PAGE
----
Old 07-01-2009
Grant Grant is offline
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Quote:
Originally Posted by shuumai View Post
Thank you, thank you, thank you for not leaving those gallons in the poo! I was at a pool today with a kid who later admitted that he pee'ed in the pool three times! (He said he couldn't imagine making it to the toilet. So, I wonder if he just took a little off the top or really let it flow. One time, I can accept. Three times?! Ca'mawn!)
In this vein, I used to swim with a friend who had a good saying when he left the pool mid swim. He would say "You dont swim in my toilet so I wont pee in your pool".
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  #16  
Old 07-05-2009
elskbrev elskbrev is offline
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freshegg,

Yes, that's just about exactly what I experience, except it's every 15 minutes for up to 4 times, and that seems to be it. Nice to know I'm normal.

Incidentally, last September when I took a handful of conventional swim lessons--push a board, kick with fins, etc.--and spent only 20 minutes at a time actually in the water, I hardly noticed the immersion diuresis effect at all. In fact, I would warm up 5-10 minutes before entering the pool, paddle around for 20 minutes, do some stretching in the water during rests between laps, then do more stretches and crunches after exiting the pool. No mad dash to the loo was ever necessary. Maybe in TI, we're more totally immersed, and of course more time in the water is a factor, as well.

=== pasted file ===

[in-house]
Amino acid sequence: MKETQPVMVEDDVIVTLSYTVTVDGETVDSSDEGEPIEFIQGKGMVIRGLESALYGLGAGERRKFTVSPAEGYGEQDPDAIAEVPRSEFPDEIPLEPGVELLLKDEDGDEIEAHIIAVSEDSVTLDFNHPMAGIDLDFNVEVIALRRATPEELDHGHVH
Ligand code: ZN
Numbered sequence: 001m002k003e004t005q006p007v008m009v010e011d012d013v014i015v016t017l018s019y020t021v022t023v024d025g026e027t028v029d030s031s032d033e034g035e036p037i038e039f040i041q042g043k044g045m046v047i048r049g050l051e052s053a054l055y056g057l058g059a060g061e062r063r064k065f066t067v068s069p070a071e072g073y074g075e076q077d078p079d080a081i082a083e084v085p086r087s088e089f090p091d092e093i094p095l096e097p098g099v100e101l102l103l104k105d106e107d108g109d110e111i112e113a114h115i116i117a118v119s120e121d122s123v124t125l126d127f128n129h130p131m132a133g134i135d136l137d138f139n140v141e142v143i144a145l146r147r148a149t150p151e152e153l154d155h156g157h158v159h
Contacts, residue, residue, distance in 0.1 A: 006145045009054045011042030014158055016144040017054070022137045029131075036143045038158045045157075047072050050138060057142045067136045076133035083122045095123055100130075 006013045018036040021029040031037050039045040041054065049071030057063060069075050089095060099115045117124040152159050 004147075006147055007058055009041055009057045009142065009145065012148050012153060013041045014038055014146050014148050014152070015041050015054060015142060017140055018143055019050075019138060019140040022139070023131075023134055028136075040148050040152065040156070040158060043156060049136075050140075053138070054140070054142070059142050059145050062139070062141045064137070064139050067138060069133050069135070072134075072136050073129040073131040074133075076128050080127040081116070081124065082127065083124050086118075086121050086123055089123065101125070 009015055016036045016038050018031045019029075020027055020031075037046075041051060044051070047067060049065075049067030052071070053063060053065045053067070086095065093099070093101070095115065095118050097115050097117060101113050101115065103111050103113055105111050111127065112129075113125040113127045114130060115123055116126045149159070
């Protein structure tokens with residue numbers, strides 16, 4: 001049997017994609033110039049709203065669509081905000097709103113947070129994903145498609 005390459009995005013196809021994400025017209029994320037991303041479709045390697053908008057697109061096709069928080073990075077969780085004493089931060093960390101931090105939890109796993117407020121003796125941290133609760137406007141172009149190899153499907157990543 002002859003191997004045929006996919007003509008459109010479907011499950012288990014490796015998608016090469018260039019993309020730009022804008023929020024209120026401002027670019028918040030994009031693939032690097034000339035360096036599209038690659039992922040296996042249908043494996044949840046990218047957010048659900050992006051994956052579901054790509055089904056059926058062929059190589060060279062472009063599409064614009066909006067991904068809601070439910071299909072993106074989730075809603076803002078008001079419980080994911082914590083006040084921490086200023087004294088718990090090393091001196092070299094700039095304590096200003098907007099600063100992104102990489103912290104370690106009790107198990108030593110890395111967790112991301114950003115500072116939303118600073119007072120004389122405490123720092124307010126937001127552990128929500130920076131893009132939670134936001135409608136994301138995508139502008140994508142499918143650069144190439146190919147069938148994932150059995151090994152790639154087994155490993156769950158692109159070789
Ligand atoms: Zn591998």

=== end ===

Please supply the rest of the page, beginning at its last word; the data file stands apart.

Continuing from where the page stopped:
Thanks for your comments,
Cindy
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  #17  
Old 07-05-2009
freshegg freshegg is offline
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I'm afraid I'm going to have to dash that theory, Cindy, because I've only been a TI swimmer for the past year or so. Before that, I was your basic "pull and kick" swimmer, while my diuresis has remained the same. Well, at least there's one constant in my life! LOL.
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  #18  
Old 07-07-2009
ayesr ayesr is offline
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Default Cindy's Questions

Cindy, I suggest you touch base with:

Peter Hibberd (at askdrhibberd@newsmax.com.) is a medical doctor and a board-certified specialist in emergency medicine. He is an active member and fellow of the American College of Emergency Physicians, the American Academy of Family Physicians, and the American Academy of Emergency Medicine. Additionally, he is a diplomate of the American Board of Emergency Medicine. Dr. Hibberd also maintains numerous national and international memberships and certifications. His advice is based on more than 28 years of outpatient and hospital in-patient experience.

He answers medical-related questions raised in the said e-mail address. You may have to wait for the answer, though...

Also, you may want to do some research at the following websites:

a. www.mayoclinic.com
b. www.wikipedia.org

End.
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  #19  
Old 07-08-2009
shuumai shuumai is offline
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Quote:
Originally Posted by ayesr View Post
Also, you may want to do some research at the following websites:

a. www.mayoclinic.com
The Mayo Clinic site is OK, but I don't like the fact that it clearly has a bias for pharmaceuticals because I have my own bias for naturaceuticals. hehe But then, excessive pee'ing, in this case, doesn't have anything to do with pills anyway.
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  #20  
Old 07-17-2009
shuumai shuumai is offline
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Default

I just thunk of something. Creatine. When I investigated creatine supplements I found that it causes water retention. I wonder if it could be used to counteract the pee issue. Creatine is usually used for muscle development, I believe, but in this case it's side effect might be useful.